As discussed repeatedly in these pages and elsewhere, employers have faced innumerable lawsuits regarding their alleged failure to distribute amounts purported to be gratuities to service staff in their entirety. However, even distributing tip money dollar-for-dollar to service providers is not a panacea against wage claims, as highlighted in a new opinion issuing from the Eastern District of New York’s Brooklyn courthouse. Ellis v. Common Wealth Worldwide Chaueffuered Transp. of NY, LLC, 2012 U.S. Dist. LEXIS 40288 (E.D.N.Y. Mar. 23, 2012).

In Ellis, Judge Dora Irizarry ruled that a “suggested” gratuity paid to a chauffeur did not have to be included in the employee’s regular rate for the purposes of computing overtime under the FLSA or New York Labor Law. The Judge further ruled that the employer’s policy of automatically deducting 30 minutes from the employee’s pay for lunch, and requiring the employee to report any instances of being unable to take such a lunch break, was lawful.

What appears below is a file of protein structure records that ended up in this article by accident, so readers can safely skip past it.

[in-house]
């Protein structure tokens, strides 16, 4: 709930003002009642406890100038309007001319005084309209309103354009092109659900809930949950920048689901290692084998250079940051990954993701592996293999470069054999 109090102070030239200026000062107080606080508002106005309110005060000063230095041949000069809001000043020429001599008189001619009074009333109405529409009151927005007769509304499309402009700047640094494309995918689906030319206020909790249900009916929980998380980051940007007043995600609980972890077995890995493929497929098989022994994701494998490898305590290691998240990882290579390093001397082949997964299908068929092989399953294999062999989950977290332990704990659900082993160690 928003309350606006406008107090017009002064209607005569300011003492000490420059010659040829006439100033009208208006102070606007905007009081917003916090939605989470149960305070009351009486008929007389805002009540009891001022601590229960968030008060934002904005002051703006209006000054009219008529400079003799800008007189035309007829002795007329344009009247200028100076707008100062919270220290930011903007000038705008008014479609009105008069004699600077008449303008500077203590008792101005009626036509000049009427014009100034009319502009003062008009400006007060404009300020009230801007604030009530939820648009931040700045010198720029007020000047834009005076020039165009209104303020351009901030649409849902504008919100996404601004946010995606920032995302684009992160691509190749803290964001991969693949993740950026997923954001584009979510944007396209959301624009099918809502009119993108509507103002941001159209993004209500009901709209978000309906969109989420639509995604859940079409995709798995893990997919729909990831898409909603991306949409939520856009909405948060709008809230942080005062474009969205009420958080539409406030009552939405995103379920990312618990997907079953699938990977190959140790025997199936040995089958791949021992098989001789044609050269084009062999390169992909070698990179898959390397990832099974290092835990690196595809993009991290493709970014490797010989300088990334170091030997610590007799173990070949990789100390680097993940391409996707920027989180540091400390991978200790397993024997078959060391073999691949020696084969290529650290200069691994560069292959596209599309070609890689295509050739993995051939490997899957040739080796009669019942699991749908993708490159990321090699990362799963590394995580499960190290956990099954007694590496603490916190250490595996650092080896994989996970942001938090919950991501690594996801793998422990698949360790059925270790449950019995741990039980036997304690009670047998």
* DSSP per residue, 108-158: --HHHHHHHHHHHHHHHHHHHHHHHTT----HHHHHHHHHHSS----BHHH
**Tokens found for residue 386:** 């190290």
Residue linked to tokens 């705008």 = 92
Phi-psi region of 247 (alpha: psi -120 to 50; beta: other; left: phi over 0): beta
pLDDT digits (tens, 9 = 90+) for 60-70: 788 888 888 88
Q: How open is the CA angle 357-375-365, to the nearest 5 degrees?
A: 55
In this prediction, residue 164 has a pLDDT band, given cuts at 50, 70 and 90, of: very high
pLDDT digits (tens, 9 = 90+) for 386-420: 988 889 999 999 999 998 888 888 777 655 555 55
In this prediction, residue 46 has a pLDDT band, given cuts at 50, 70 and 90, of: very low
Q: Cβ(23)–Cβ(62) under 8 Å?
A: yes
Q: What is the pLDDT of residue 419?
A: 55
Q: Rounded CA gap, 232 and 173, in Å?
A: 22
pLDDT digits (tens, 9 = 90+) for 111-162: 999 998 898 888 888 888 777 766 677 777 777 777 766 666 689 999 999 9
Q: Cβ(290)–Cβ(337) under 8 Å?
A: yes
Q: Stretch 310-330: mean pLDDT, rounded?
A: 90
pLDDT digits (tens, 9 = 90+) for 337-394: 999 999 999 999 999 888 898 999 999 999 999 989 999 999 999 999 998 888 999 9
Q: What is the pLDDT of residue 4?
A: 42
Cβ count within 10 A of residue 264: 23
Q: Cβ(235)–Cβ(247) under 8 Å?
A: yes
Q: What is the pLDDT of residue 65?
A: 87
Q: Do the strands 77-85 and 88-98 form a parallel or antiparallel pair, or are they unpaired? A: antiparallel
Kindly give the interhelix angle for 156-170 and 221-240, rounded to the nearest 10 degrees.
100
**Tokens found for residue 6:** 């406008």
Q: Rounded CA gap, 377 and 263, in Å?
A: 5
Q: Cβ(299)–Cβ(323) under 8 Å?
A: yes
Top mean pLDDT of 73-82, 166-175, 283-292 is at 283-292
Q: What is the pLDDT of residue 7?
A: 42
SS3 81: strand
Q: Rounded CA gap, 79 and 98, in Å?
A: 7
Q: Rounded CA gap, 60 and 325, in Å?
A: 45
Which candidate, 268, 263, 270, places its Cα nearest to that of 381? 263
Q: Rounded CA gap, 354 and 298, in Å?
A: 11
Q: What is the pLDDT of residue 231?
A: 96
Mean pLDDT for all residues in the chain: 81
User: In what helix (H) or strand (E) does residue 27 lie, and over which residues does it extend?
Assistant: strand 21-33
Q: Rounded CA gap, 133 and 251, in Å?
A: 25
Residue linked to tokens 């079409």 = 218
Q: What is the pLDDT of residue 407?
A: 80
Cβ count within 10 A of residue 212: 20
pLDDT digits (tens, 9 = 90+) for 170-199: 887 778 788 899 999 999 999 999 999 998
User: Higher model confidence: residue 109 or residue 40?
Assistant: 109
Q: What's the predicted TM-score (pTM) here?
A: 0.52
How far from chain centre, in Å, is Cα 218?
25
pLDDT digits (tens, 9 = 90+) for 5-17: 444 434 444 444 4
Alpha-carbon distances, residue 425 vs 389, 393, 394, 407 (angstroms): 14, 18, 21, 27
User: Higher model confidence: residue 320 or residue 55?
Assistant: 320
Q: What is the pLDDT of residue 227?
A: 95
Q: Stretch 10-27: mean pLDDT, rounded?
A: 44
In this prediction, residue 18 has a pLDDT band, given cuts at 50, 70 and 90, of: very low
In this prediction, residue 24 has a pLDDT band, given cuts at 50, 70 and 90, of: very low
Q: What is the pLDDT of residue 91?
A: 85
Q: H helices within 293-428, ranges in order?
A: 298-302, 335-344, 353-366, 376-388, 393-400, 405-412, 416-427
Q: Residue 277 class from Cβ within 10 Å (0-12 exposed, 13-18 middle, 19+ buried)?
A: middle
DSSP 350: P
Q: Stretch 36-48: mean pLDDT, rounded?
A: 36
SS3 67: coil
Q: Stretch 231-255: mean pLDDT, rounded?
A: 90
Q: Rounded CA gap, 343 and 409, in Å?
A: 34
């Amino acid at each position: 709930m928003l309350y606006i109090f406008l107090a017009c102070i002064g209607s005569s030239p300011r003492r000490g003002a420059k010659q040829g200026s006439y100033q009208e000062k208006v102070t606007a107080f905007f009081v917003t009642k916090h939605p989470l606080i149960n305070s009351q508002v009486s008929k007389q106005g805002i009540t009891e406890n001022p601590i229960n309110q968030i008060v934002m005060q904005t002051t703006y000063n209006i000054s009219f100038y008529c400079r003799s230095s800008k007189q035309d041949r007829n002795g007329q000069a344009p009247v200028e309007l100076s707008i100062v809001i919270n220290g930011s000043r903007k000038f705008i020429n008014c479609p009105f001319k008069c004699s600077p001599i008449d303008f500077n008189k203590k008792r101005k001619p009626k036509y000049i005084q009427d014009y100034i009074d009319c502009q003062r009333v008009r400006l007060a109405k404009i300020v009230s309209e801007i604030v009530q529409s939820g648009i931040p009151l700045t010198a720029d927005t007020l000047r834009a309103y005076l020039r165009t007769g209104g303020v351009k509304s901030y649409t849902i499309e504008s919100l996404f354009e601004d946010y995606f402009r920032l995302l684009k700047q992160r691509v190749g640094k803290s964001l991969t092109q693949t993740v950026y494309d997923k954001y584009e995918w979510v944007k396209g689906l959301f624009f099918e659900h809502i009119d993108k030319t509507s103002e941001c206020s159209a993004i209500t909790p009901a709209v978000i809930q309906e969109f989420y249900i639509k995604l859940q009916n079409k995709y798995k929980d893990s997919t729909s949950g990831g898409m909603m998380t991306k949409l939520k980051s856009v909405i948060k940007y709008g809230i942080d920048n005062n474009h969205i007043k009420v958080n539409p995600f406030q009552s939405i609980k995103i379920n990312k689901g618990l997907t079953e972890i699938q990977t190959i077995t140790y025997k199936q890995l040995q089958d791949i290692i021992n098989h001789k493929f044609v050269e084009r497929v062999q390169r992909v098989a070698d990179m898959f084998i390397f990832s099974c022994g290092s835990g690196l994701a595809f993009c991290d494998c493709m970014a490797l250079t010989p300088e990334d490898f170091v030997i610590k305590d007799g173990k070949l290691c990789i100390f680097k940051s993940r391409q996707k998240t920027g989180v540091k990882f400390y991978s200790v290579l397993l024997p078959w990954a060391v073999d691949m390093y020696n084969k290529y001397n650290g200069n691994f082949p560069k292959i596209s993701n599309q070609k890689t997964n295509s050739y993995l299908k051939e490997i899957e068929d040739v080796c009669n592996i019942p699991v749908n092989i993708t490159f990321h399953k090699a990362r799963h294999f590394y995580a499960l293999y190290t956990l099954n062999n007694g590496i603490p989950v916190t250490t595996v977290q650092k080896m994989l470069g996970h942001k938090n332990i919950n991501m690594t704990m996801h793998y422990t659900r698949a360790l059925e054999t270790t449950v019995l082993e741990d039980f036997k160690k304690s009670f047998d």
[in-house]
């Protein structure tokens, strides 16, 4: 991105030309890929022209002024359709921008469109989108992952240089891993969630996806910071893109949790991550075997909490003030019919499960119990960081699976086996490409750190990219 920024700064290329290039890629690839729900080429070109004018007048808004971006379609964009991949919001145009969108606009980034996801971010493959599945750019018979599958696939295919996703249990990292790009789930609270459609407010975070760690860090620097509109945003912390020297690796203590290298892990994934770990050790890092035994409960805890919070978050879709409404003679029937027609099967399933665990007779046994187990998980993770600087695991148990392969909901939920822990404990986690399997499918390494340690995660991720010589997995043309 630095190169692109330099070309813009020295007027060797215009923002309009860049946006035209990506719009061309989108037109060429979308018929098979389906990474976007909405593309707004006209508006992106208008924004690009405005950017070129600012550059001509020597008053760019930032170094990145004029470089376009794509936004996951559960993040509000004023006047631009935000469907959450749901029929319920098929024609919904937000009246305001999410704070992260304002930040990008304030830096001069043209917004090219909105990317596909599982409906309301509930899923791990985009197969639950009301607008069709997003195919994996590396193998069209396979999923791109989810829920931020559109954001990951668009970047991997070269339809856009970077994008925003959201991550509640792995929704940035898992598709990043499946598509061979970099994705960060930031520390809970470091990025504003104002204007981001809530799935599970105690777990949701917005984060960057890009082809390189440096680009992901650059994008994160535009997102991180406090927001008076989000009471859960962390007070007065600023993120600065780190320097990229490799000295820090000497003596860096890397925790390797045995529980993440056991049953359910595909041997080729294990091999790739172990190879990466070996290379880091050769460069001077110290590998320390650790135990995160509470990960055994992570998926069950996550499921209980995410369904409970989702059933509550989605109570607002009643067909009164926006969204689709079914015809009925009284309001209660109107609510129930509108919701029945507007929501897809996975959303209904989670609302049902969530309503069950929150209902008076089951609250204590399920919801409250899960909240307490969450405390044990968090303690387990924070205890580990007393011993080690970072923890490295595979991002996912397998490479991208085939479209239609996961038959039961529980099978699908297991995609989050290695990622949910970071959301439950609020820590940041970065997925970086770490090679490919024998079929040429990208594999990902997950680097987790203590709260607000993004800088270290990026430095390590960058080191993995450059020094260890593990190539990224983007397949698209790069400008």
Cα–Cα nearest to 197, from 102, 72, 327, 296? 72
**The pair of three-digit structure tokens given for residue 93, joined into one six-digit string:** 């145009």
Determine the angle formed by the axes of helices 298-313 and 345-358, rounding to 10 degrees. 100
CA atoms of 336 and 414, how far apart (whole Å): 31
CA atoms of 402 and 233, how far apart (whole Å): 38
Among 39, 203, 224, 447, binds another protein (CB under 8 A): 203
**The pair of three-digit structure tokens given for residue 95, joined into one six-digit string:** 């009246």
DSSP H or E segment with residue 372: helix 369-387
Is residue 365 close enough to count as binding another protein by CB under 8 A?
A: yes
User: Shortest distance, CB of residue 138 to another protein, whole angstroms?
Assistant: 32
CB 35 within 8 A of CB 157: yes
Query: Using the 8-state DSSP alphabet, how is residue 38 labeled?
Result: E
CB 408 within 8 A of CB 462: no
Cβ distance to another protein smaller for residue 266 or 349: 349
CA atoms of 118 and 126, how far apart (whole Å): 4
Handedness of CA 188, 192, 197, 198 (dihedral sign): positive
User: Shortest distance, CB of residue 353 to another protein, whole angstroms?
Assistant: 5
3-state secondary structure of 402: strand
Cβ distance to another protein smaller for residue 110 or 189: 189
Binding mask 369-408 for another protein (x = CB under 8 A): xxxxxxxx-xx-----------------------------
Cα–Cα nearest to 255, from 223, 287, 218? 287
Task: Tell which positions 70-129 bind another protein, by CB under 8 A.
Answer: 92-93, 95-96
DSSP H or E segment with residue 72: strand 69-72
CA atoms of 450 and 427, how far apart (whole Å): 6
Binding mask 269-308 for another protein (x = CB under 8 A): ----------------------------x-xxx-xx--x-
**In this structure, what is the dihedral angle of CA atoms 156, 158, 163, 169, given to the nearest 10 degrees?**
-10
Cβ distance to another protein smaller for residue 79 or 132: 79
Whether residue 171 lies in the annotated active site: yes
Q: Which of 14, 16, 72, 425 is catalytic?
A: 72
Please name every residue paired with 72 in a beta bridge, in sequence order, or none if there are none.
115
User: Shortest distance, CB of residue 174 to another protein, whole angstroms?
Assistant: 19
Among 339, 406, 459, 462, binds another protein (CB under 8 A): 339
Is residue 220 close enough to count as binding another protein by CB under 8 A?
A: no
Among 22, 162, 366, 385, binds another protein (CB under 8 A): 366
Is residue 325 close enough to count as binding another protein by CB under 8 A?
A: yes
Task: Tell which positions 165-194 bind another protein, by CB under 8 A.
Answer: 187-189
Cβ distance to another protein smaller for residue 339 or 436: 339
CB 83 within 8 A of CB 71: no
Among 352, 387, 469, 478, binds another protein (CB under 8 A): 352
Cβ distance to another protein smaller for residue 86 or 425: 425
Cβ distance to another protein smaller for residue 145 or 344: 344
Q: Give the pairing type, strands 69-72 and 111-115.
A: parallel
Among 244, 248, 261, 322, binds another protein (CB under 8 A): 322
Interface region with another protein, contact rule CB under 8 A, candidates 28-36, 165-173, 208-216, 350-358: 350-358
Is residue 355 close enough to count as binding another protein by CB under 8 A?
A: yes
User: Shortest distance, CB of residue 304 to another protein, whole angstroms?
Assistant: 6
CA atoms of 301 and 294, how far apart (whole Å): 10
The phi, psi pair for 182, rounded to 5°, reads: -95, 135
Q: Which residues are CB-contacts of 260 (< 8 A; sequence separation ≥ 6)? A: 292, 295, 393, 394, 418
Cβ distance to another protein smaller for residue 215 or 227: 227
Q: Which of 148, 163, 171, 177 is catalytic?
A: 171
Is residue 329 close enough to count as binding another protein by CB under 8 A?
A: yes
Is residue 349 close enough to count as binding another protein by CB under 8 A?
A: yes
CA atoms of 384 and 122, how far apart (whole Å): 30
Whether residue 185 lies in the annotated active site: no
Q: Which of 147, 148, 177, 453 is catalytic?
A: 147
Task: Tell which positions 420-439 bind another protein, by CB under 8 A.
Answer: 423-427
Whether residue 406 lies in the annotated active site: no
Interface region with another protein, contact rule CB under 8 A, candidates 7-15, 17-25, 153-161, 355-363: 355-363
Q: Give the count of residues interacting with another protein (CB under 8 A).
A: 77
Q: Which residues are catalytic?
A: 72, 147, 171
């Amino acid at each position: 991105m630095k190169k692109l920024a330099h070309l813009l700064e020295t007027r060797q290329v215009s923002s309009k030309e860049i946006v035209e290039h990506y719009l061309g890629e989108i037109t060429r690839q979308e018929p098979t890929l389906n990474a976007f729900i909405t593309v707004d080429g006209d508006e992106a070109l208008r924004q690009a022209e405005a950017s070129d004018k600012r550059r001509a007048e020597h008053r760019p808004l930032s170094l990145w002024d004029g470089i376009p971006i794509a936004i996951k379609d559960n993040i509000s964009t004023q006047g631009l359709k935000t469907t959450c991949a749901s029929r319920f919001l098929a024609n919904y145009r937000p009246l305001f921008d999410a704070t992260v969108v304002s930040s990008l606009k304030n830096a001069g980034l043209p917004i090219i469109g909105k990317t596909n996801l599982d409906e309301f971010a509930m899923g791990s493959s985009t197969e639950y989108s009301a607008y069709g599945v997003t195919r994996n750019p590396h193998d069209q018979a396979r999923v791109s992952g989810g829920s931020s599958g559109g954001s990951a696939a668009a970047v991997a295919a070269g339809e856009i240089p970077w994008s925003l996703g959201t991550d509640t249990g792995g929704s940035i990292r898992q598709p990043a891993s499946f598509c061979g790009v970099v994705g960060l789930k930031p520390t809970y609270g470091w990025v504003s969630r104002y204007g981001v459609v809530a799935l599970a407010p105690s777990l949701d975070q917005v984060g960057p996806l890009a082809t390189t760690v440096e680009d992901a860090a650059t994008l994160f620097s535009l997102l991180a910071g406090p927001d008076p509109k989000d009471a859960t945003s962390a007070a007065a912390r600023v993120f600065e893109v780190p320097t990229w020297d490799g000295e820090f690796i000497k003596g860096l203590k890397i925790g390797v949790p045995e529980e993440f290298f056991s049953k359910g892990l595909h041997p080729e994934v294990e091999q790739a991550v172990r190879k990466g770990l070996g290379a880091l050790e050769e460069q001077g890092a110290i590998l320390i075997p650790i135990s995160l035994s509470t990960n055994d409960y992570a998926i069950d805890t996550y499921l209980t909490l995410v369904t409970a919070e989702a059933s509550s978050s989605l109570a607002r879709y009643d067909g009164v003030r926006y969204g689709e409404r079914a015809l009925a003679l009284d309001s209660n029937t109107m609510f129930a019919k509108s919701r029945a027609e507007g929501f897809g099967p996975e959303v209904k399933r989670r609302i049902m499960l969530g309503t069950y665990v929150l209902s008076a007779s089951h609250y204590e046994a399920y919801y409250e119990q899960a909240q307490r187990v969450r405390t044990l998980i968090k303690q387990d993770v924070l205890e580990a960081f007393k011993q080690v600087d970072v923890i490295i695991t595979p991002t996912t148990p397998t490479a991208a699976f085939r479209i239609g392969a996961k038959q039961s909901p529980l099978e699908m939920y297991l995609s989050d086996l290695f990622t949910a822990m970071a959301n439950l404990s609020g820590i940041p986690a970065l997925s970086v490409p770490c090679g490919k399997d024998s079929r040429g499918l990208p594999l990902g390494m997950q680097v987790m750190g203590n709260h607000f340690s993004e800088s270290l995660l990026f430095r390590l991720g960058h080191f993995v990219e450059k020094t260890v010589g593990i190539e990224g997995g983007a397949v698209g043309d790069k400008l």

In regard to the gratuity issue, plaintiff alleged that, because the company suggested each customer add a gratuity of 20%, any monies added were not a gratuity under DOL regulations, but rather analogous to a commission which must be incorporated into the regular rate of pay for purposes of computing overtime. The court analyzed the regulations and concluded that, because customers were free to vary from the suggested amount and the employer offered un-rebutted evidence that customers in fact did so, these payments were properly treated as voluntary gratuities, excludable from the regular rate calculation. 

In regard to the auto-deduct, the court noted that plaintiff failed to proffer any evidence that he had to work through lunch or that he had notified any managerial employee that he had worked through lunch. Absence of this evidence, in connection with the employee’s signed acknowledgement of a policy requiring him to notify the employer if he did not receive a meal period, was fatal to his claim.

Ellis is a victory for employers, but also a cautionary tale regarding the many ways in which standard wage and hour practices, even those benevolent to employees, can give rise to wage and hour claims.